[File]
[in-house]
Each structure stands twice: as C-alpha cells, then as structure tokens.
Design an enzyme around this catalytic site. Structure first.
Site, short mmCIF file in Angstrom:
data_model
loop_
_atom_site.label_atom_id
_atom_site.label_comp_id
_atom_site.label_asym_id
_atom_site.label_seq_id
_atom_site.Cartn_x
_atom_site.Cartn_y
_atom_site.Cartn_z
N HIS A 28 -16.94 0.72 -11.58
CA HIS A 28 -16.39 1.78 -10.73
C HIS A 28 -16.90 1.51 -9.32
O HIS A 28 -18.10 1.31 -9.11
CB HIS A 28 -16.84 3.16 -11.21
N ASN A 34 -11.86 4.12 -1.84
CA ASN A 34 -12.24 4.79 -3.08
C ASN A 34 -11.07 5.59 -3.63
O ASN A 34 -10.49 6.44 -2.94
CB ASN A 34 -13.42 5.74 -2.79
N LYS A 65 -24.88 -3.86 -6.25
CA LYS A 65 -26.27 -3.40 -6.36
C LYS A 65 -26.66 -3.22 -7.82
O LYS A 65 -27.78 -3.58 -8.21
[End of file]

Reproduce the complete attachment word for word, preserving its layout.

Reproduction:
[in-house]
Each structure stands twice: as C-alpha cells, then as structure tokens.
Design an enzyme around this catalytic site. Structure first.
Site, short mmCIF file in Angstrom:
data_model
loop_
_atom_site.label_atom_id
_atom_site.label_comp_id
_atom_site.label_asym_id
_atom_site.label_seq_id
_atom_site.Cartn_x
_atom_site.Cartn_y
_atom_site.Cartn_z
N HIS A 28 -16.94 0.72 -11.58
CA HIS A 28 -16.39 1.78 -10.73
C HIS A 28 -16.90 1.51 -9.32
O HIS A 28 -18.10 1.31 -9.11
CB HIS A 28 -16.84 3.16 -11.21
N ASN A 34 -11.86 4.12 -1.84
CA ASN A 34 -12.24 4.79 -3.08
C ASN A 34 -11.07 5.59 -3.63
O ASN A 34 -10.49 6.44 -2.94
CB ASN A 34 -13.42 5.74 -2.79
N LYS A 65 -24.88 -3.86 -6.25
CA LYS A 65 -26.27 -3.40 -6.36
C LYS A 65 -26.66 -3.22 -7.82
O LYS A 65 -27.78 -3.58 -8.21